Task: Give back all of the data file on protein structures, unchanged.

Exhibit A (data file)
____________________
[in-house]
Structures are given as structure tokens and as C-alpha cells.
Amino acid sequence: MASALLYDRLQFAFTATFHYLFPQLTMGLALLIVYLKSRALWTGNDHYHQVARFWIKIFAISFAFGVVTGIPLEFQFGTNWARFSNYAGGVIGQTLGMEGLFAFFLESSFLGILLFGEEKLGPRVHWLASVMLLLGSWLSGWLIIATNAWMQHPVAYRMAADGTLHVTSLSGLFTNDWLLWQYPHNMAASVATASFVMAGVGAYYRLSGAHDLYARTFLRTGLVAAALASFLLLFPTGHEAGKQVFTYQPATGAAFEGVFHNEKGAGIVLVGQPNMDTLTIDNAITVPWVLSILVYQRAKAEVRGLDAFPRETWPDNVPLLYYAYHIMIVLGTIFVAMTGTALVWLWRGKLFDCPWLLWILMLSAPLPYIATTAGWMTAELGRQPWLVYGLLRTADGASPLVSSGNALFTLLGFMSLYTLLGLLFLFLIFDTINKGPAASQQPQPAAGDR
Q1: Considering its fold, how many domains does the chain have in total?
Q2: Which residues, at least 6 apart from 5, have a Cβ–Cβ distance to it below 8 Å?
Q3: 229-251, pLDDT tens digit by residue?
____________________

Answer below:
[in-house]
Structures are given as structure tokens and as C-alpha cells.
Amino acid sequence: MASALLYDRLQFAFTATFHYLFPQLTMGLALLIVYLKSRALWTGNDHYHQVARFWIKIFAISFAFGVVTGIPLEFQFGTNWARFSNYAGGVIGQTLGMEGLFAFFLESSFLGILLFGEEKLGPRVHWLASVMLLLGSWLSGWLIIATNAWMQHPVAYRMAADGTLHVTSLSGLFTNDWLLWQYPHNMAASVATASFVMAGVGAYYRLSGAHDLYARTFLRTGLVAAALASFLLLFPTGHEAGKQVFTYQPATGAAFEGVFHNEKGAGIVLVGQPNMDTLTIDNAITVPWVLSILVYQRAKAEVRGLDAFPRETWPDNVPLLYYAYHIMIVLGTIFVAMTGTALVWLWRGKLFDCPWLLWILMLSAPLPYIATTAGWMTAELGRQPWLVYGLLRTADGASPLVSSGNALFTLLGFMSLYTLLGLLFLFLIFDTINKGPAASQQPQPAAGDR
Q1: Considering its fold, how many domains does the chain have in total?
Q2: Which residues, at least 6 apart from 5, have a Cβ–Cβ distance to it below 8 Å?
Q3: 229-251, pLDDT tens digit by residue?